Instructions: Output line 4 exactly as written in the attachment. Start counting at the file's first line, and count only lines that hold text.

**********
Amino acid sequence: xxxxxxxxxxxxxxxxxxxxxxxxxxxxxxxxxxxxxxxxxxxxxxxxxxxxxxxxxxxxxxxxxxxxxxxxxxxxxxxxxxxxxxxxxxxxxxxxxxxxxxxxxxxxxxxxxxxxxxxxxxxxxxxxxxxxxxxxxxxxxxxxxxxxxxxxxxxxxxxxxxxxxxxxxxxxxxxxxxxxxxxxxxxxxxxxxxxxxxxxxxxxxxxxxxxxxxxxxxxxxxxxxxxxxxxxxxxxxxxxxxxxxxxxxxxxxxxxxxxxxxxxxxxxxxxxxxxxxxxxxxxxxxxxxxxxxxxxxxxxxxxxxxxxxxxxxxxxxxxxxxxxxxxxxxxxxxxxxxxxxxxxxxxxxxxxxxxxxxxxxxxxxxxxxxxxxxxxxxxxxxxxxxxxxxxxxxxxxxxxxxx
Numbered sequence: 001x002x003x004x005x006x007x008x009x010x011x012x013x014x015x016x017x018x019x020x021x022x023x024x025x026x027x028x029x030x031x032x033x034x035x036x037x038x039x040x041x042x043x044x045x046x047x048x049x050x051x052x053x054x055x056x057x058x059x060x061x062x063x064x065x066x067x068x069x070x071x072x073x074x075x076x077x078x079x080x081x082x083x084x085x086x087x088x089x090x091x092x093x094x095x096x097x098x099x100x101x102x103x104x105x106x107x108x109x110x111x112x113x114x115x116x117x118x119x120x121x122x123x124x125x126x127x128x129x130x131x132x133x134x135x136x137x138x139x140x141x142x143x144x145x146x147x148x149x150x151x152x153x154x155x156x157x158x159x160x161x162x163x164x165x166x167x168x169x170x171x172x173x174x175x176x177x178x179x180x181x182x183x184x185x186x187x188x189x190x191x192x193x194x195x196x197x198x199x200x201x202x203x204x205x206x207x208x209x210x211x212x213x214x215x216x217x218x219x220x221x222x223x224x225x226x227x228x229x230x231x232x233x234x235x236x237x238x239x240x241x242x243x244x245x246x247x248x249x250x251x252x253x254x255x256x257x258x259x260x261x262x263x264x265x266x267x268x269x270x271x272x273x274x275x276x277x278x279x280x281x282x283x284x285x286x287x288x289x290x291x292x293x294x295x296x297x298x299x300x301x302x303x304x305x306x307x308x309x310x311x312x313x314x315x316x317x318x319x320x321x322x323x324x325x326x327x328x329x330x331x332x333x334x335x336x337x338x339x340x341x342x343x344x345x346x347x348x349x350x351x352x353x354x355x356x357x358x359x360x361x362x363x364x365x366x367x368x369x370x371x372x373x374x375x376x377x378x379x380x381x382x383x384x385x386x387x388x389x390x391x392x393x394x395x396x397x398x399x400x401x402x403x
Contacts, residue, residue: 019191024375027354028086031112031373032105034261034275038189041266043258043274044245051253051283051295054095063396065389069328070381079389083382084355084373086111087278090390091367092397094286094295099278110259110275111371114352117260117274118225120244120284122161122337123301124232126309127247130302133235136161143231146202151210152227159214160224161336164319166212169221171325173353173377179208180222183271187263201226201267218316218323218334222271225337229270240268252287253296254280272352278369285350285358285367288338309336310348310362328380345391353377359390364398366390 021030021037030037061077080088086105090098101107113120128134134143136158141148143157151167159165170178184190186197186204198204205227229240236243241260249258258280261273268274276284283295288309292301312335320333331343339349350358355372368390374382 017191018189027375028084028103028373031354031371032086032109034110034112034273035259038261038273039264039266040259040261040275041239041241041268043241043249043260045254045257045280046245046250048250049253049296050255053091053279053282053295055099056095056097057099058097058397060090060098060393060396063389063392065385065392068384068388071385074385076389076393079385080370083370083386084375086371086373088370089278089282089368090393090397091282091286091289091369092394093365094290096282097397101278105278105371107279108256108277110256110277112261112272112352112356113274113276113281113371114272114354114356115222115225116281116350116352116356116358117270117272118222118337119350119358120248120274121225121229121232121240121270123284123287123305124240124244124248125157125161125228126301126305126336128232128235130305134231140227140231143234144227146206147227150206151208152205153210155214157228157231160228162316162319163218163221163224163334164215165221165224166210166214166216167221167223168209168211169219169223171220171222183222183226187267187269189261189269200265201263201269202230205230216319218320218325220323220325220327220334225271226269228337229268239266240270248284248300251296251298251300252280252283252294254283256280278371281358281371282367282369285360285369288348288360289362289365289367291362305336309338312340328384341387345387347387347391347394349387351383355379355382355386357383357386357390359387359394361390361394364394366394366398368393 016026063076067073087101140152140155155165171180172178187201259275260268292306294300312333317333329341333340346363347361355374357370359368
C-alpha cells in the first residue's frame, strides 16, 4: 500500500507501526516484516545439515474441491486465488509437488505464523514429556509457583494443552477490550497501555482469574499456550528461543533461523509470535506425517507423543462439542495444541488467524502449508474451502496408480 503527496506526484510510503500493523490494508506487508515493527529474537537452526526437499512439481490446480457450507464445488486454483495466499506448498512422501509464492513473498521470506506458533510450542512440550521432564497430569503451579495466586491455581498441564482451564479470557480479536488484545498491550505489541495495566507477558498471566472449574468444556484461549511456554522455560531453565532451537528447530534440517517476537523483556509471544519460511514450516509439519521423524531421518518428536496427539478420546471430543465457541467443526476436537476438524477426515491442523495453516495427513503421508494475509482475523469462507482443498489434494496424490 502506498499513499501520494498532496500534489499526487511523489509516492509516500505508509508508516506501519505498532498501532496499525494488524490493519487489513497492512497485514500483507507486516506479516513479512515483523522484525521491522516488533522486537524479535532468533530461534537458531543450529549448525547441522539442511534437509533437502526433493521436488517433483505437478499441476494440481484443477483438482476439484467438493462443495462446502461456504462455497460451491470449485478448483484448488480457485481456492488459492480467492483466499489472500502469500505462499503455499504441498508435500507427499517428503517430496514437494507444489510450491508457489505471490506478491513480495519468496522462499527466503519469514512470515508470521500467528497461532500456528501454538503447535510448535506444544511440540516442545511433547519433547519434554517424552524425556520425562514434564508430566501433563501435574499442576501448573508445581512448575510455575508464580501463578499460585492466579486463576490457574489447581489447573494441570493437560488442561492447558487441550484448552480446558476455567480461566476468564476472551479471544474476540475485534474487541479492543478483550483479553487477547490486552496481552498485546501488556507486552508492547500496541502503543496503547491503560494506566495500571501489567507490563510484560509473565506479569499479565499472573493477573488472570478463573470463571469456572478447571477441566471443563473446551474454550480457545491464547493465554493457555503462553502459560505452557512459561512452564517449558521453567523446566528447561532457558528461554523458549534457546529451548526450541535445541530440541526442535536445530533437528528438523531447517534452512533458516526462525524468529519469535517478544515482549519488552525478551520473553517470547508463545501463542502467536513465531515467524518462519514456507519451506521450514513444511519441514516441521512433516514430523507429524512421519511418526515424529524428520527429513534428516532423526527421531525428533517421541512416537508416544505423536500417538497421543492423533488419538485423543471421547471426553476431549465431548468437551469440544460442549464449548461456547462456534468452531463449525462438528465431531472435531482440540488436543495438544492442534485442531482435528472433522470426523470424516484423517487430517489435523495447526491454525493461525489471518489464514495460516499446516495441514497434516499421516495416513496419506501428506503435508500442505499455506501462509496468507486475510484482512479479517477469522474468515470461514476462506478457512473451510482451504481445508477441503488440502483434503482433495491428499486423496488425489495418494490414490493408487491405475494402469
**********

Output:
C-alpha cells in the first residue's frame, strides 16, 4: 500500500507501526516484516545439515474441491486465488509437488505464523514429556509457583494443552477490550497501555482469574499456550528461543533461523509470535506425517507423543462439542495444541488467524502449508474451502496408480 503527496506526484510510503500493523490494508506487508515493527529474537537452526526437499512439481490446480457450507464445488486454483495466499506448498512422501509464492513473498521470506506458533510450542512440550521432564497430569503451579495466586491455581498441564482451564479470557480479536488484545498491550505489541495495566507477558498471566472449574468444556484461549511456554522455560531453565532451537528447530534440517517476537523483556509471544519460511514450516509439519521423524531421518518428536496427539478420546471430543465457541467443526476436537476438524477426515491442523495453516495427513503421508494475509482475523469462507482443498489434494496424490 502506498499513499501520494498532496500534489499526487511523489509516492509516500505508509508508516506501519505498532498501532496499525494488524490493519487489513497492512497485514500483507507486516506479516513479512515483523522484525521491522516488533522486537524479535532468533530461534537458531543450529549448525547441522539442511534437509533437502526433493521436488517433483505437478499441476494440481484443477483438482476439484467438493462443495462446502461456504462455497460451491470449485478448483484448488480457485481456492488459492480467492483466499489472500502469500505462499503455499504441498508435500507427499517428503517430496514437494507444489510450491508457489505471490506478491513480495519468496522462499527466503519469514512470515508470521500467528497461532500456528501454538503447535510448535506444544511440540516442545511433547519433547519434554517424552524425556520425562514434564508430566501433563501435574499442576501448573508445581512448575510455575508464580501463578499460585492466579486463576490457574489447581489447573494441570493437560488442561492447558487441550484448552480446558476455567480461566476468564476472551479471544474476540475485534474487541479492543478483550483479553487477547490486552496481552498485546501488556507486552508492547500496541502503543496503547491503560494506566495500571501489567507490563510484560509473565506479569499479565499472573493477573488472570478463573470463571469456572478447571477441566471443563473446551474454550480457545491464547493465554493457555503462553502459560505452557512459561512452564517449558521453567523446566528447561532457558528461554523458549534457546529451548526450541535445541530440541526442535536445530533437528528438523531447517534452512533458516526462525524468529519469535517478544515482549519488552525478551520473553517470547508463545501463542502467536513465531515467524518462519514456507519451506521450514513444511519441514516441521512433516514430523507429524512421519511418526515424529524428520527429513534428516532423526527421531525428533517421541512416537508416544505423536500417538497421543492423533488419538485423543471421547471426553476431549465431548468437551469440544460442549464449548461456547462456534468452531463449525462438528465431531472435531482440540488436543495438544492442534485442531482435528472433522470426523470424516484423517487430517489435523495447526491454525493461525489471518489464514495460516499446516495441514497434516499421516495416513496419506501428506503435508500442505499455506501462509496468507486475510484482512479479517477469522474468515470461514476462506478457512473451510482451504481445508477441503488440502483434503482433495491428499486423496488425489495418494490414490493408487491405475494402469